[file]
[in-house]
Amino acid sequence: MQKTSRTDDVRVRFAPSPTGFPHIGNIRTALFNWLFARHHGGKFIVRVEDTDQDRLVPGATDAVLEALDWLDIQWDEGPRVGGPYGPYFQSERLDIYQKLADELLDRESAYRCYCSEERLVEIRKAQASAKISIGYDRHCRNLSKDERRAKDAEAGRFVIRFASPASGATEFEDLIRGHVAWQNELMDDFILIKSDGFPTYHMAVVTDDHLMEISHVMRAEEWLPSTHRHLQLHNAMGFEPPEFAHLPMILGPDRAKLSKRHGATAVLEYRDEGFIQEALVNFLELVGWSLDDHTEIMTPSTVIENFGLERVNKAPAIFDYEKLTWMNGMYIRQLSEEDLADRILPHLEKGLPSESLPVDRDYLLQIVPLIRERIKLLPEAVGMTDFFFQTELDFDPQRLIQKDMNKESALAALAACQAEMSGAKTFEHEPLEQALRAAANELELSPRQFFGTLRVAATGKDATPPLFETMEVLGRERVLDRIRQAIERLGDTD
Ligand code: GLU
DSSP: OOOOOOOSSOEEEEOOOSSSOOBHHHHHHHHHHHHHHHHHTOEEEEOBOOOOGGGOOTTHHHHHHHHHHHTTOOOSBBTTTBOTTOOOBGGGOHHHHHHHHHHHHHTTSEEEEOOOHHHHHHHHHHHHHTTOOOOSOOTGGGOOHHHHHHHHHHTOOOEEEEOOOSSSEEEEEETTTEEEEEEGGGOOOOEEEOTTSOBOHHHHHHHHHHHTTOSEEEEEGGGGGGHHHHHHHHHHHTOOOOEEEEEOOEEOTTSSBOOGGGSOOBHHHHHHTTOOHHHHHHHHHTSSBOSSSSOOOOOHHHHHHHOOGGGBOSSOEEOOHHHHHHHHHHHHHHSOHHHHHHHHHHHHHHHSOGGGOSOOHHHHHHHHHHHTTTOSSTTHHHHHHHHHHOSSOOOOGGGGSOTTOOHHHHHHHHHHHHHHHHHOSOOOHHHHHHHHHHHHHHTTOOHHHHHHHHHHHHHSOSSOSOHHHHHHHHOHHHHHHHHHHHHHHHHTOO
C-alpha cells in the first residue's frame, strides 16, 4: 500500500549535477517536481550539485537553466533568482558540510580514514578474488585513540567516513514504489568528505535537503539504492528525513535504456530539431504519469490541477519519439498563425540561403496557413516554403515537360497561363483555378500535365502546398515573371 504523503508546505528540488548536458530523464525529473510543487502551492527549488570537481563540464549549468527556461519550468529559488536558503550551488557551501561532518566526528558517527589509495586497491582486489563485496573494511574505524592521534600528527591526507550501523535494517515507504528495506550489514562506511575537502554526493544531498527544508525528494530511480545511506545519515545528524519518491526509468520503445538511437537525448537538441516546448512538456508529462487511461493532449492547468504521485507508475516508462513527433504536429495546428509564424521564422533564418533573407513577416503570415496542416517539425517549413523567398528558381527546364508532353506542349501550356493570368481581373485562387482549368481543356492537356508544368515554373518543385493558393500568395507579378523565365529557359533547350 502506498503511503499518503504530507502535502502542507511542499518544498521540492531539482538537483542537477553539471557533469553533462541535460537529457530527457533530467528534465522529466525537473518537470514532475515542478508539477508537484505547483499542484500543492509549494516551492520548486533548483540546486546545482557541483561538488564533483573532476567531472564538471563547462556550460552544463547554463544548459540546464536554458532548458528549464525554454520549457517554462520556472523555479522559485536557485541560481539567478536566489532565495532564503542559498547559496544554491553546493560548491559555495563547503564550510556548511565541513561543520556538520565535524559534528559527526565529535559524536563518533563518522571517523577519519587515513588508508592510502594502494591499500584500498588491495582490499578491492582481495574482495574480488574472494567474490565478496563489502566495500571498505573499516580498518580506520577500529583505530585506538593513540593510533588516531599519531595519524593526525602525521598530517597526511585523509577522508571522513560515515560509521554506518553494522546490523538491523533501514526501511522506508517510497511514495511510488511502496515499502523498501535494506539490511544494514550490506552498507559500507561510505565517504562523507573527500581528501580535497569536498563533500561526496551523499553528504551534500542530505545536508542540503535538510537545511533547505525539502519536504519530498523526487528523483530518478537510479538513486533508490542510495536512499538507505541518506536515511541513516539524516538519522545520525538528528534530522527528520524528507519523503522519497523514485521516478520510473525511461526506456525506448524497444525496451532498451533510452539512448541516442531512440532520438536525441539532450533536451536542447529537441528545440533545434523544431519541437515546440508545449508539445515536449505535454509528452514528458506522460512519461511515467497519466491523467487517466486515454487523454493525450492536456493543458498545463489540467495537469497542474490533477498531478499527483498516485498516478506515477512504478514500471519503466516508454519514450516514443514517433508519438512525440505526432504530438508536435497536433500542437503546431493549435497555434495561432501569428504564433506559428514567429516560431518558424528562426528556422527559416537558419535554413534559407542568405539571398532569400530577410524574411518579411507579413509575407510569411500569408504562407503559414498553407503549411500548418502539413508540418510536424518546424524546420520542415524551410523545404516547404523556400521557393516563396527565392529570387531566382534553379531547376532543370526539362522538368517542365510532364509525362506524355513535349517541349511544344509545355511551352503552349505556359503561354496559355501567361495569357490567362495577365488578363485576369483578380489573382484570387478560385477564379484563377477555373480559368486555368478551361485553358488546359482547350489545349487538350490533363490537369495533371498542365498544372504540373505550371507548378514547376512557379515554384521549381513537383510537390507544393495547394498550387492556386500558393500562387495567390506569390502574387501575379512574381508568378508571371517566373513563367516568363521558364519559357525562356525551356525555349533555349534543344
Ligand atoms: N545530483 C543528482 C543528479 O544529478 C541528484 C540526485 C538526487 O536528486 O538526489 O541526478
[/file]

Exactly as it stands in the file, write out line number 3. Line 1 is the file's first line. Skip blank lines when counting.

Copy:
Ligand code: GLU